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Anything outdoors!  Tornadoes, eagles, blizzards, or auroras.  If it is in the sky, running through the woods or swimming in the water, I'm there!

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Sunday, May 13, 2012

May 12 2012 Ottertail River Kayaking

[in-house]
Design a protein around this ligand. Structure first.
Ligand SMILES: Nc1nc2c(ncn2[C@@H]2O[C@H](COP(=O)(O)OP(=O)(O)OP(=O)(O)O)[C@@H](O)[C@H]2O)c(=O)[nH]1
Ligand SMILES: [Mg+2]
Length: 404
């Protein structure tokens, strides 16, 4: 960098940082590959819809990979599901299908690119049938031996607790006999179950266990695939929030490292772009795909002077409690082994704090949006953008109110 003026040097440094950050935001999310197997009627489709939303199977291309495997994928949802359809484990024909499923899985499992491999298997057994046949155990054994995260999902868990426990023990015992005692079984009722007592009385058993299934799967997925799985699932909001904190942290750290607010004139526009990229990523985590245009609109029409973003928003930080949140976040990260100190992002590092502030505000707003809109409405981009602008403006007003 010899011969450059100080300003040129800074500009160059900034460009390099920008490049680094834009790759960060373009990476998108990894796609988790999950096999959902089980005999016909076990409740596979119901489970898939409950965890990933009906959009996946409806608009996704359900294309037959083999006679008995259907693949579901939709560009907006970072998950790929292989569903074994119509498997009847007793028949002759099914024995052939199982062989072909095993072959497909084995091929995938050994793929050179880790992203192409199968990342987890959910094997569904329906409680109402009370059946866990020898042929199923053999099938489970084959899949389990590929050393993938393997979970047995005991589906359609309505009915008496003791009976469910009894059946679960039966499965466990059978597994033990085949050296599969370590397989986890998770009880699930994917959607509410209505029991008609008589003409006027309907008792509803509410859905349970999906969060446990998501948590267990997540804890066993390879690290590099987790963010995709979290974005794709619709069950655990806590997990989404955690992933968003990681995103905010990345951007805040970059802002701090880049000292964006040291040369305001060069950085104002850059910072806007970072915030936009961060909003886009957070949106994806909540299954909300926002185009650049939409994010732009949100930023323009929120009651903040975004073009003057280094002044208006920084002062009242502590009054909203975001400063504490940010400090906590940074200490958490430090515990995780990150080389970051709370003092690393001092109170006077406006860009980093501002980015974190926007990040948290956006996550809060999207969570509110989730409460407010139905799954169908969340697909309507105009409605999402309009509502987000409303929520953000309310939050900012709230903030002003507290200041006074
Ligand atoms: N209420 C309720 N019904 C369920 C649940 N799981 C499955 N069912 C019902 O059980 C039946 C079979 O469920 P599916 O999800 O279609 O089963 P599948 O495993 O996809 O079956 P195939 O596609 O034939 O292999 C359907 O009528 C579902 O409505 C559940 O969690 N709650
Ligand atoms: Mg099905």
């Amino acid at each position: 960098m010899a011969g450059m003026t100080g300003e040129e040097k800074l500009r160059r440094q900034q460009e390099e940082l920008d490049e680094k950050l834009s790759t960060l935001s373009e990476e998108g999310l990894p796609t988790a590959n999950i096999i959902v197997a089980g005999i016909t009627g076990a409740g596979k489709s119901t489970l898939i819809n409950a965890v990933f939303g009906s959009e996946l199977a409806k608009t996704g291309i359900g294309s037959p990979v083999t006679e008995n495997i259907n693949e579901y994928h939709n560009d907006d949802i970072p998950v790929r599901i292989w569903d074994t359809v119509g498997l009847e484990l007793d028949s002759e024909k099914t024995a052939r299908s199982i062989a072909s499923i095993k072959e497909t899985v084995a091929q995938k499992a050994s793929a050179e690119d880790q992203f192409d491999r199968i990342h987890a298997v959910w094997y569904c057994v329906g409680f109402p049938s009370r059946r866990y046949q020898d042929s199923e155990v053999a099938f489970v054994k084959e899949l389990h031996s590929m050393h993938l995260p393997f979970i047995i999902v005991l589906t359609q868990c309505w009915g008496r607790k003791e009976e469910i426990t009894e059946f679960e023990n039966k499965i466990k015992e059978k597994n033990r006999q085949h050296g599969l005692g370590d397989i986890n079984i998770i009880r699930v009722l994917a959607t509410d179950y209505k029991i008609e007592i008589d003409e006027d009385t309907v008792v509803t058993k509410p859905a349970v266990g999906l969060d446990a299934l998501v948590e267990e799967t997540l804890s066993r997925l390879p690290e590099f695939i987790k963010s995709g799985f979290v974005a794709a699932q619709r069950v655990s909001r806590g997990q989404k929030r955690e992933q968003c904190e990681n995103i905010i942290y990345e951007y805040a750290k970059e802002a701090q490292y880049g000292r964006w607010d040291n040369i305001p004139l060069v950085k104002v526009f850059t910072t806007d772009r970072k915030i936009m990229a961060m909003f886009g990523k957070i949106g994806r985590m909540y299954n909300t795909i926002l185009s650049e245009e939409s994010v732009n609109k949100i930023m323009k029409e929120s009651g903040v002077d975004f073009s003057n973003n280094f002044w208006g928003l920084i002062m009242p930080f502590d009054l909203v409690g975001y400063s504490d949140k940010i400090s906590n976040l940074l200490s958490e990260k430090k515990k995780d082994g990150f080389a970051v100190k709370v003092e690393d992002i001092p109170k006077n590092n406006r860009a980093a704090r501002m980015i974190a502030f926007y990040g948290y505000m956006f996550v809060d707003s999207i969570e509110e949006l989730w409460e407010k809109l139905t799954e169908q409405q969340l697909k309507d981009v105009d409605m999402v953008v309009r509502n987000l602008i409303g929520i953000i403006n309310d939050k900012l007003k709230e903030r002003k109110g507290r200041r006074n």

With the death ridge firmly in place and no chase opportunities in the near future, took a Mother's Day Weekend trip up to Fergus Falls to see mom and get some paddling in. This was a really cool trip! Growing up in the area and having only tubed parts of the river in the summer at low water, I was looking forward to seeing what the stretch from Wall Lake back into Fergus was like with high water. The closest river gauge according to the DNR is at Elizabeth MN (where the river doesn't even pass through...but the Pelican River does) showed the flow at 0.671kcfs and at a level of 7.18 ft. UPDATE: the elevation drops almost 45 feet in the 5 miles from the Wall Lake put in point to the East Mount Faith take out point. The water is pretty fast. I covered the 5 river miles in 45 minutes from put in to take out. The first 1/2 river mile is flat water paddling but as soon as the river enters the trees, it flows through a bluff / gorge type terrain and the elevation falls from the lake country to the east heading to the prairie to the west. The original "falls" in Fergus Falls were harnessed back around 1870 as a dam was constructed and later a hydro for electrical production. Anyhow, back to the paddle. I need to apologize for not having images and video up to the usual standard. The GoPro Hero2 camera I use to shoot with decided it wanted to fog up after getting doused a few times with cold river water. I will be going back to re-shoot a run on this stretch as it is hard to find info on the internet regarding real experience for the Ottertail. Speaking of the river water...IT IS CLEAR AND CLEAN!! Not what I was expecting near the end of a 193 mile river which starts out in the pine needle stained bogs of Beltrami county and winds through many lakes and cattle land. A true testament to some of the clean water policies in place are making a difference. Photobucket Lots of small riffles and rapids as the river narrows and the pace picks up. Photobucket This is an image I shot last November during low water in a drought of where the class I is now. Those rocks on the right side of image is the line you want to take. It's a left/center/left move to get through the rapids. Photobucket This is how that area of rocks looks now as you head into the rapids. Photobucket After negotiating the class 1+ rapids just upstream from the Broken Down Dam Park, you get dumped into a large pool with some wicked currents. The river current wants to slam you into the dam remnants on the south (left) side. You need to start picking a line to the right to compensate and put yourself in position to shoot through the gap. This is how the gap looks going though now: Photobucket Once you make it though the dam, you get a break for a bit with just some riffles and class 1- stuff. As you near the Hoot Lake power plant, once again the pace will pick up. You have to negotiate two bridges. The current is strong so make sure you have a solid line picked. I went left on both of them. Photobucket At the second bridge you will see this. This is a video frame so make sure you watch for this part in actual video. I had seen this "dam" as a kid and knew it was not a low-head. There is a hydrualic though and you need to be damn careful with it. At this flow, the "dam" (more like a 2-3 foot ramp covered with boulders) will create a double standing wave. These are class 2+ or class 3 rapids. If you are not an experienced paddler, take the portage. I took a left then center line and had to do a whole lot of bracing to keep from flipping. In a whitewater play boat, it wouldn't be too bad but in a 13.5' transition boat it was a fun challenge! Photobucket As I said, bracing was the key here. Pretty much on my left side here. Photobucket A spray skirt is a must. You would swamp an open cockpit or a canoe at this spot. Photobucket A couple of hundred yards after the double standing wave, the trip comes an end at the East Mount Faith Avenue canoe access in Fergus Falls. No sense on going any further as there is nothing interesting in terms of paddling and the river slows and widens behind the central dam in town. Overall I was VERY impressed with this short 5 mile paddle. The flow is strong enough so you need to keep paddling to hold your line, you are going to hit rapids, and the water is super clear. I hope this level maintains for a while as I really want to go back and re-shoot the video with the GoPro without the fog! It was a blast! Here is the video from the day: Happy paddling!

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